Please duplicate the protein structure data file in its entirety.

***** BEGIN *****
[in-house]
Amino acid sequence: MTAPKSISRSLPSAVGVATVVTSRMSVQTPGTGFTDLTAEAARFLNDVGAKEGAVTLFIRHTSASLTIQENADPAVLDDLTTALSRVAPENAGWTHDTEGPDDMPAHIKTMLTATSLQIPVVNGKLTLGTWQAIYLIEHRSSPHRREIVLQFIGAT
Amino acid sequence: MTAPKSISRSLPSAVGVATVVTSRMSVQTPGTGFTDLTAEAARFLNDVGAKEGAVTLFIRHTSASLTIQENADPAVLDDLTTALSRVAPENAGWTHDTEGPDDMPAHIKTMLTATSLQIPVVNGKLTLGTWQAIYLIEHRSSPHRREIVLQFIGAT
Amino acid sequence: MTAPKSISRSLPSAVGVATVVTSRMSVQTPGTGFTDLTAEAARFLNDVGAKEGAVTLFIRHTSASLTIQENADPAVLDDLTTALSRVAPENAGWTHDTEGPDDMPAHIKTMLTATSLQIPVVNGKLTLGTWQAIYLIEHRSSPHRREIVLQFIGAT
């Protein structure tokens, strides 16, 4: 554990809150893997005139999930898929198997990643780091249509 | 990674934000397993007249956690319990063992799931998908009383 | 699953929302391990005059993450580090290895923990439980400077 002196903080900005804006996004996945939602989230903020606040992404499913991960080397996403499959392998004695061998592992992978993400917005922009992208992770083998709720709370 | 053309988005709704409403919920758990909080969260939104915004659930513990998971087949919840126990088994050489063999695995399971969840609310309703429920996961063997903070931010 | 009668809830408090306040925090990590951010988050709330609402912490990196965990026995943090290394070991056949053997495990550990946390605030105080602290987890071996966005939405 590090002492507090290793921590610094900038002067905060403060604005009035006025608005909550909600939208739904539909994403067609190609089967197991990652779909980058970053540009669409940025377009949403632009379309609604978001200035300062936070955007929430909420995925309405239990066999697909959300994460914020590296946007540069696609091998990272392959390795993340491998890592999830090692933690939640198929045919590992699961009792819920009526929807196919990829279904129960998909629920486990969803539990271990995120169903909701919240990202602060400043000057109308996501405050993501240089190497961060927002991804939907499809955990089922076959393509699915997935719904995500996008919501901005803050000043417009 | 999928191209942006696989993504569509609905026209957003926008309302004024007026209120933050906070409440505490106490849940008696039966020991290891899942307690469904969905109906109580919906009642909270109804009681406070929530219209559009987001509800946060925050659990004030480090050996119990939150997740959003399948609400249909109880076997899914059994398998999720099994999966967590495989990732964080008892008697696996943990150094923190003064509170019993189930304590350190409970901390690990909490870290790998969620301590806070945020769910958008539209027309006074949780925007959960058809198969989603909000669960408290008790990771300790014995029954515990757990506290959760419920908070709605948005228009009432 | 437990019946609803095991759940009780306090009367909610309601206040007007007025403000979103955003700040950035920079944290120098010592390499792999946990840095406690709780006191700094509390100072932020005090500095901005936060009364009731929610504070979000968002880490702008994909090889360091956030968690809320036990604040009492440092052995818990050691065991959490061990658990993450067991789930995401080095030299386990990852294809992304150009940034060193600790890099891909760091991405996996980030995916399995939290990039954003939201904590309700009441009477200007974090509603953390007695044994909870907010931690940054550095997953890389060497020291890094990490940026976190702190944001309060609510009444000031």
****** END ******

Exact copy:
[in-house]
Amino acid sequence: MTAPKSISRSLPSAVGVATVVTSRMSVQTPGTGFTDLTAEAARFLNDVGAKEGAVTLFIRHTSASLTIQENADPAVLDDLTTALSRVAPENAGWTHDTEGPDDMPAHIKTMLTATSLQIPVVNGKLTLGTWQAIYLIEHRSSPHRREIVLQFIGAT
Amino acid sequence: MTAPKSISRSLPSAVGVATVVTSRMSVQTPGTGFTDLTAEAARFLNDVGAKEGAVTLFIRHTSASLTIQENADPAVLDDLTTALSRVAPENAGWTHDTEGPDDMPAHIKTMLTATSLQIPVVNGKLTLGTWQAIYLIEHRSSPHRREIVLQFIGAT
Amino acid sequence: MTAPKSISRSLPSAVGVATVVTSRMSVQTPGTGFTDLTAEAARFLNDVGAKEGAVTLFIRHTSASLTIQENADPAVLDDLTTALSRVAPENAGWTHDTEGPDDMPAHIKTMLTATSLQIPVVNGKLTLGTWQAIYLIEHRSSPHRREIVLQFIGAT
């Protein structure tokens, strides 16, 4: 554990809150893997005139999930898929198997990643780091249509 | 990674934000397993007249956690319990063992799931998908009383 | 699953929302391990005059993450580090290895923990439980400077 002196903080900005804006996004996945939602989230903020606040992404499913991960080397996403499959392998004695061998592992992978993400917005922009992208992770083998709720709370 | 053309988005709704409403919920758990909080969260939104915004659930513990998971087949919840126990088994050489063999695995399971969840609310309703429920996961063997903070931010 | 009668809830408090306040925090990590951010988050709330609402912490990196965990026995943090290394070991056949053997495990550990946390605030105080602290987890071996966005939405 590090002492507090290793921590610094900038002067905060403060604005009035006025608005909550909600939208739904539909994403067609190609089967197991990652779909980058970053540009669409940025377009949403632009379309609604978001200035300062936070955007929430909420995925309405239990066999697909959300994460914020590296946007540069696609091998990272392959390795993340491998890592999830090692933690939640198929045919590992699961009792819920009526929807196919990829279904129960998909629920486990969803539990271990995120169903909701919240990202602060400043000057109308996501405050993501240089190497961060927002991804939907499809955990089922076959393509699915997935719904995500996008919501901005803050000043417009 | 999928191209942006696989993504569509609905026209957003926008309302004024007026209120933050906070409440505490106490849940008696039966020991290891899942307690469904969905109906109580919906009642909270109804009681406070929530219209559009987001509800946060925050659990004030480090050996119990939150997740959003399948609400249909109880076997899914059994398998999720099994999966967590495989990732964080008892008697696996943990150094923190003064509170019993189930304590350190409970901390690990909490870290790998969620301590806070945020769910958008539209027309006074949780925007959960058809198969989603909000669960408290008790990771300790014995029954515990757990506290959760419920908070709605948005228009009432 | 437990019946609803095991759940009780306090009367909610309601206040007007007025403000979103955003700040950035920079944290120098010592390499792999946990840095406690709780006191700094509390100072932020005090500095901005936060009364009731929610504070979000968002880490702008994909090889360091956030968690809320036990604040009492440092052995818990050691065991959490061990658990993450067991789930995401080095030299386990990852294809992304150009940034060193600790890099891909760091991405996996980030995916399995939290990039954003939201904590309700009441009477200007974090509603953390007695044994909870907010931690940054550095997953890389060497020291890094990490940026976190702190944001309060609510009444000031």